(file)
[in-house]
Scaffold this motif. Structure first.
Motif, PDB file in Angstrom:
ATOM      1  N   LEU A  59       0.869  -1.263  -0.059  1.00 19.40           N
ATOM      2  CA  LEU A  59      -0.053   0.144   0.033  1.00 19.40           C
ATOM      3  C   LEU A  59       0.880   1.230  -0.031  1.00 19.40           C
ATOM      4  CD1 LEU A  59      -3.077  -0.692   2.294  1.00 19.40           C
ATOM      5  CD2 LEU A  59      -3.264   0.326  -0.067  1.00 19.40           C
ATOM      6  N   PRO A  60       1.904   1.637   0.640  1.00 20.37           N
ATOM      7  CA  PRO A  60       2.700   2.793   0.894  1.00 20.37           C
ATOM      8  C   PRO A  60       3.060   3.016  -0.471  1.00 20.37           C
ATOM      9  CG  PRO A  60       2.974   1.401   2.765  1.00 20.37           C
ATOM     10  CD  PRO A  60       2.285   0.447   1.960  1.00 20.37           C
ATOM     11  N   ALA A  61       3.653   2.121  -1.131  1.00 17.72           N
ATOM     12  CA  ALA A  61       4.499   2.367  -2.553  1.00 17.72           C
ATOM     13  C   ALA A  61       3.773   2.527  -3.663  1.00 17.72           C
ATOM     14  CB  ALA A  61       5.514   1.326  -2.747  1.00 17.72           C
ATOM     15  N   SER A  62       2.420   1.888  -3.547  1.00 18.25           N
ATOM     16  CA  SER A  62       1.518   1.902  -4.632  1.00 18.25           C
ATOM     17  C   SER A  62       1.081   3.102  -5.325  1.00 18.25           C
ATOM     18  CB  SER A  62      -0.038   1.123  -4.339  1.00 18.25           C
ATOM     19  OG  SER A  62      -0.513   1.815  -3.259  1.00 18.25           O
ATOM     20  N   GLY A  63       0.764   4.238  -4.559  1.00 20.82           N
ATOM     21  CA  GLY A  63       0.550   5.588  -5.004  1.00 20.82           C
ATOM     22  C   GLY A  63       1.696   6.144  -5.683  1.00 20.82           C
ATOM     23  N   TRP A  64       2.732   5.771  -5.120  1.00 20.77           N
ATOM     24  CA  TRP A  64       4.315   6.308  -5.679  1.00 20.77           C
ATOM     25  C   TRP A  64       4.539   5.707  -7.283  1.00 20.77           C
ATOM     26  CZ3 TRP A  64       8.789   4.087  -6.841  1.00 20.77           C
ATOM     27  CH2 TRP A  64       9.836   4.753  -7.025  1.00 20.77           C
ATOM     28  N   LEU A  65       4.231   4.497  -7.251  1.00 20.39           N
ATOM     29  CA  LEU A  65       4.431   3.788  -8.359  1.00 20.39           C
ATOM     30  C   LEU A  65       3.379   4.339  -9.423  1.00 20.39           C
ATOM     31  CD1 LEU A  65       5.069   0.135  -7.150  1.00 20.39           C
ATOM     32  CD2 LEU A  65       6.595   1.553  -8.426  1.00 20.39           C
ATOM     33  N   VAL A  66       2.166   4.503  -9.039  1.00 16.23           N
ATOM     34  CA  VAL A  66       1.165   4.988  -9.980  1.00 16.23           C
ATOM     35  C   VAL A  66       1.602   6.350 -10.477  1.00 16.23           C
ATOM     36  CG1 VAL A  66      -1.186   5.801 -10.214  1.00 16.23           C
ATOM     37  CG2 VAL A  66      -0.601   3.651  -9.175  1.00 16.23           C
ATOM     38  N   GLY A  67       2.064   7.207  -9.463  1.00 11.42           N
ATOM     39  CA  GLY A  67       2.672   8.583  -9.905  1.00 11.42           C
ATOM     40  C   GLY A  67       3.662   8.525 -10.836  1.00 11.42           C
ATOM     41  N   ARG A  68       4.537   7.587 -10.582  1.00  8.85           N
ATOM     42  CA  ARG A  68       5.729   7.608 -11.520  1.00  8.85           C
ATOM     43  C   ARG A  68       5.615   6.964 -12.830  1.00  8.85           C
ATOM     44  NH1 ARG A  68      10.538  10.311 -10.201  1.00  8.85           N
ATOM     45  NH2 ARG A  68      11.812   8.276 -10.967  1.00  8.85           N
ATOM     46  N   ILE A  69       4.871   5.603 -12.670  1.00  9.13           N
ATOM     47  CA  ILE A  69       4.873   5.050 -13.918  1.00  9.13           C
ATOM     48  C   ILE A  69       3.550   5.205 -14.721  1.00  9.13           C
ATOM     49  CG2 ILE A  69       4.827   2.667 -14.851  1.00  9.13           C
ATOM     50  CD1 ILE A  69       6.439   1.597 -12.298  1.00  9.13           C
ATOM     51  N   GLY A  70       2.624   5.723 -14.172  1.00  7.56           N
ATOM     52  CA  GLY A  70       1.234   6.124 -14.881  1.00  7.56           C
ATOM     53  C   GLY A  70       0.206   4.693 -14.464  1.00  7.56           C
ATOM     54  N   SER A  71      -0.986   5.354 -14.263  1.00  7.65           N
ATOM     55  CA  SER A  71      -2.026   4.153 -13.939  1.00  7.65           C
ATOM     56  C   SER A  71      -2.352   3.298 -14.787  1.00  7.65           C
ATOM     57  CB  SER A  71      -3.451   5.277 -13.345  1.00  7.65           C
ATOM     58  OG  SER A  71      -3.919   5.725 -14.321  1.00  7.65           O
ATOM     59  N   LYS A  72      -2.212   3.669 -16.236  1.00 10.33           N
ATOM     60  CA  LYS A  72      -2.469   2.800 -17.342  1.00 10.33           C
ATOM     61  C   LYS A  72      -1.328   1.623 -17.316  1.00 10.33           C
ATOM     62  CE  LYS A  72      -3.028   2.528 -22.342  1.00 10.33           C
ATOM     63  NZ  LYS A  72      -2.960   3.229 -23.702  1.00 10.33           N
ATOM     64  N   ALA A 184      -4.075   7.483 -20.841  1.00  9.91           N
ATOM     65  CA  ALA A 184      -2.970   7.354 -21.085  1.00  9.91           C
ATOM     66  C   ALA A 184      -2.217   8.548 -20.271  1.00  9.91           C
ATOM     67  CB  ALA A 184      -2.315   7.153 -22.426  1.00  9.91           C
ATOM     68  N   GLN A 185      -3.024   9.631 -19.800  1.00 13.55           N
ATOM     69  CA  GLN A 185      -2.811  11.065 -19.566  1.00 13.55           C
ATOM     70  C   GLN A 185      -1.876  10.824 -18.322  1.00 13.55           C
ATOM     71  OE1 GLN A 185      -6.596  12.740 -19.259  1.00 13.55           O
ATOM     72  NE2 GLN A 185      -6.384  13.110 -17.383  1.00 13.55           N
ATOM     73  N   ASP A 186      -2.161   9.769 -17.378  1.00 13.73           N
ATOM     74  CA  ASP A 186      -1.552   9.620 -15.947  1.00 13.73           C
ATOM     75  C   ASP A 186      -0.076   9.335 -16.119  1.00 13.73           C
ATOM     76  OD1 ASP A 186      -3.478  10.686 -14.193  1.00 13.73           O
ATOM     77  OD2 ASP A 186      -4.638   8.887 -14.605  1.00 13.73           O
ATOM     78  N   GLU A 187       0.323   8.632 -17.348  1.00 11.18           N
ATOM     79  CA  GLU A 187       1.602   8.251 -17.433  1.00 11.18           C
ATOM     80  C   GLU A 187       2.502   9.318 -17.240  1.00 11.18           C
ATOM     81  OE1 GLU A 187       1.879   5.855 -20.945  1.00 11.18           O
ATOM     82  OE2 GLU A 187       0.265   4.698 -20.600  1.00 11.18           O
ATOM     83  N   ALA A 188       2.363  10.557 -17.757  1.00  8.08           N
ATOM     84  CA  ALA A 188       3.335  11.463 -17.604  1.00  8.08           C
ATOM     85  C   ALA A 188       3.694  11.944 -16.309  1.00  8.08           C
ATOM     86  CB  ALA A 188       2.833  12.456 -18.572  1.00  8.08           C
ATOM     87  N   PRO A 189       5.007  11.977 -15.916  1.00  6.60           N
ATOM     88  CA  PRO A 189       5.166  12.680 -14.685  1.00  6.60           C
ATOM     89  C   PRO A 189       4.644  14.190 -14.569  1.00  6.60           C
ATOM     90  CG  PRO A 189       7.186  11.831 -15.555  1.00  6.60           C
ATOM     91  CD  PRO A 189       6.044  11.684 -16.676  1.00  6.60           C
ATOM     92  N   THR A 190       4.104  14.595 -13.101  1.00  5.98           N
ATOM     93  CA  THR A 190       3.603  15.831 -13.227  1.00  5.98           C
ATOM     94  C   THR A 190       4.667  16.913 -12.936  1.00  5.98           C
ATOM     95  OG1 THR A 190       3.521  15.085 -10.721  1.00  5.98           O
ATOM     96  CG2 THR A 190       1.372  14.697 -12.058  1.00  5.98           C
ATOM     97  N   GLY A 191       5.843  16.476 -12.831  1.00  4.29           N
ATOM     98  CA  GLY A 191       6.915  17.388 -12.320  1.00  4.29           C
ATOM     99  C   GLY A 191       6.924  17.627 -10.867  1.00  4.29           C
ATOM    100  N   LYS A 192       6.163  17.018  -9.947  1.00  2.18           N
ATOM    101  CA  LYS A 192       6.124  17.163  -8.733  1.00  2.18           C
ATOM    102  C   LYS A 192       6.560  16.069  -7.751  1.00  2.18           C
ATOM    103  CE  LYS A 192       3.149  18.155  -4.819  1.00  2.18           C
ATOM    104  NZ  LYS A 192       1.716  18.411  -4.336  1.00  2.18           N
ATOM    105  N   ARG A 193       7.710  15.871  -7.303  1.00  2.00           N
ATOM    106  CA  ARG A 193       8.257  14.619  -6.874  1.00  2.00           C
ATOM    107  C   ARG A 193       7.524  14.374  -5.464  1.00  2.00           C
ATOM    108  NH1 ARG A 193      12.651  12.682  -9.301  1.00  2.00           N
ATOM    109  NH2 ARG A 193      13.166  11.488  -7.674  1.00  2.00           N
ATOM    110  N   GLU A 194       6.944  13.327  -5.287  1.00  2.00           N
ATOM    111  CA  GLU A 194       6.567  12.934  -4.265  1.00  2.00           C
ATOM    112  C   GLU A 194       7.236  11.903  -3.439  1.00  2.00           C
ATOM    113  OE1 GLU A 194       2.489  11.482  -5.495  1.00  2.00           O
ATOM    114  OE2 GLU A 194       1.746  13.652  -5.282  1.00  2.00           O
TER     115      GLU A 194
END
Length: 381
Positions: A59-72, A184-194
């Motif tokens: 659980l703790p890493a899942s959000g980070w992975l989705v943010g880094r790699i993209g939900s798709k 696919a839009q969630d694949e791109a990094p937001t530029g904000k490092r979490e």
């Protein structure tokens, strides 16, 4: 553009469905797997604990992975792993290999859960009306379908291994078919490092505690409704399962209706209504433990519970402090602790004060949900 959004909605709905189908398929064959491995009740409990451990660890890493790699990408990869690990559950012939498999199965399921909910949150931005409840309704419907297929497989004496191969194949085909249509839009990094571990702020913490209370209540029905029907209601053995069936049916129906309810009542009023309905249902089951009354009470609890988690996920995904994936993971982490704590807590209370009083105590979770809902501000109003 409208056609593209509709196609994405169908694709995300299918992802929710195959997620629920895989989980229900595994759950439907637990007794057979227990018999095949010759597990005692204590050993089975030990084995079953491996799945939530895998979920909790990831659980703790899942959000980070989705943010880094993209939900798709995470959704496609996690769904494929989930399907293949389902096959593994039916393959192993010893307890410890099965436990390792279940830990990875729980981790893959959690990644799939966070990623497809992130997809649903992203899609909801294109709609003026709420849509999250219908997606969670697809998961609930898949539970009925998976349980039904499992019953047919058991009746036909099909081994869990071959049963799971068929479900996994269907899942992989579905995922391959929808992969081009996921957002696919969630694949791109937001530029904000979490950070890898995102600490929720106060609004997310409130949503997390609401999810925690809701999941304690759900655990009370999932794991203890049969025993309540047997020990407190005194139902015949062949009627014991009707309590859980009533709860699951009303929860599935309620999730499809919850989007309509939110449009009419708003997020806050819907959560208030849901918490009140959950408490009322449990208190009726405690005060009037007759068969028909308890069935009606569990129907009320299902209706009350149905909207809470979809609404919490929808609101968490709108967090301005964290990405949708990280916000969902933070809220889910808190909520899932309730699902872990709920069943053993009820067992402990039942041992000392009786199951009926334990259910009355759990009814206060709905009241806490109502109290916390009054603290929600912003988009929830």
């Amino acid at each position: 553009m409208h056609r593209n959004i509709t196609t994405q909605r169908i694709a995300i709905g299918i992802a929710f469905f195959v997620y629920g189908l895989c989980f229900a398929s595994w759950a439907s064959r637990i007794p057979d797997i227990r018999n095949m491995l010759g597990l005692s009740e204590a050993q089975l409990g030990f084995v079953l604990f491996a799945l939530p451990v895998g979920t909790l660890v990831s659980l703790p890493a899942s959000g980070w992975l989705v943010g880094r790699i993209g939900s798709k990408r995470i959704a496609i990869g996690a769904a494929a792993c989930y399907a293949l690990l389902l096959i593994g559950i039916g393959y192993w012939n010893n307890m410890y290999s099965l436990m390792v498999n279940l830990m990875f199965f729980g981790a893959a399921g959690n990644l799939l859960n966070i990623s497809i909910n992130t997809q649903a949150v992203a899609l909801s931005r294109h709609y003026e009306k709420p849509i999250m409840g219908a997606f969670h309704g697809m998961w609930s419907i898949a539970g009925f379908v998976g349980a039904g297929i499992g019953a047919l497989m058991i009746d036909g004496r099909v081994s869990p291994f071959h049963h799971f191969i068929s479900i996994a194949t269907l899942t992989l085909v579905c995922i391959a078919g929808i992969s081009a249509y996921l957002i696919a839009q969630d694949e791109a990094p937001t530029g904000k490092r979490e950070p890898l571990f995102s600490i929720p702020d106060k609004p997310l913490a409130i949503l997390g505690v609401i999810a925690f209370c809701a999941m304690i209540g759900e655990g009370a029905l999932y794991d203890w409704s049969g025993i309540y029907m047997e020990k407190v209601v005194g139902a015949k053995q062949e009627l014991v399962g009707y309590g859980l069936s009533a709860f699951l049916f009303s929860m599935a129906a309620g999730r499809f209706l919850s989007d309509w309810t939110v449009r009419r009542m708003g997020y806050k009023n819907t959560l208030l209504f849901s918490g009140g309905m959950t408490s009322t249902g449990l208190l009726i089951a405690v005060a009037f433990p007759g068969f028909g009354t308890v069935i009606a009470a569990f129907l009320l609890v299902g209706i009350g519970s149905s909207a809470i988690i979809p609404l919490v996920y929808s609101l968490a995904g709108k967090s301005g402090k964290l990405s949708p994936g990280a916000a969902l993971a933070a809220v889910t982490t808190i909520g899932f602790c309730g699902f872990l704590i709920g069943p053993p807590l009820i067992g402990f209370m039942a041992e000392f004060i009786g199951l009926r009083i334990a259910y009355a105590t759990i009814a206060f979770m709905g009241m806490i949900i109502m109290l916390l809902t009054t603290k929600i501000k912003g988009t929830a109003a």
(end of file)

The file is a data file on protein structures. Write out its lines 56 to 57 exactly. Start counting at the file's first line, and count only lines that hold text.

ATOM     53  C   GLY A  70       0.206   4.693 -14.464  1.00  7.56           C
ATOM     54  N   SER A  71      -0.986   5.354 -14.263  1.00  7.65           N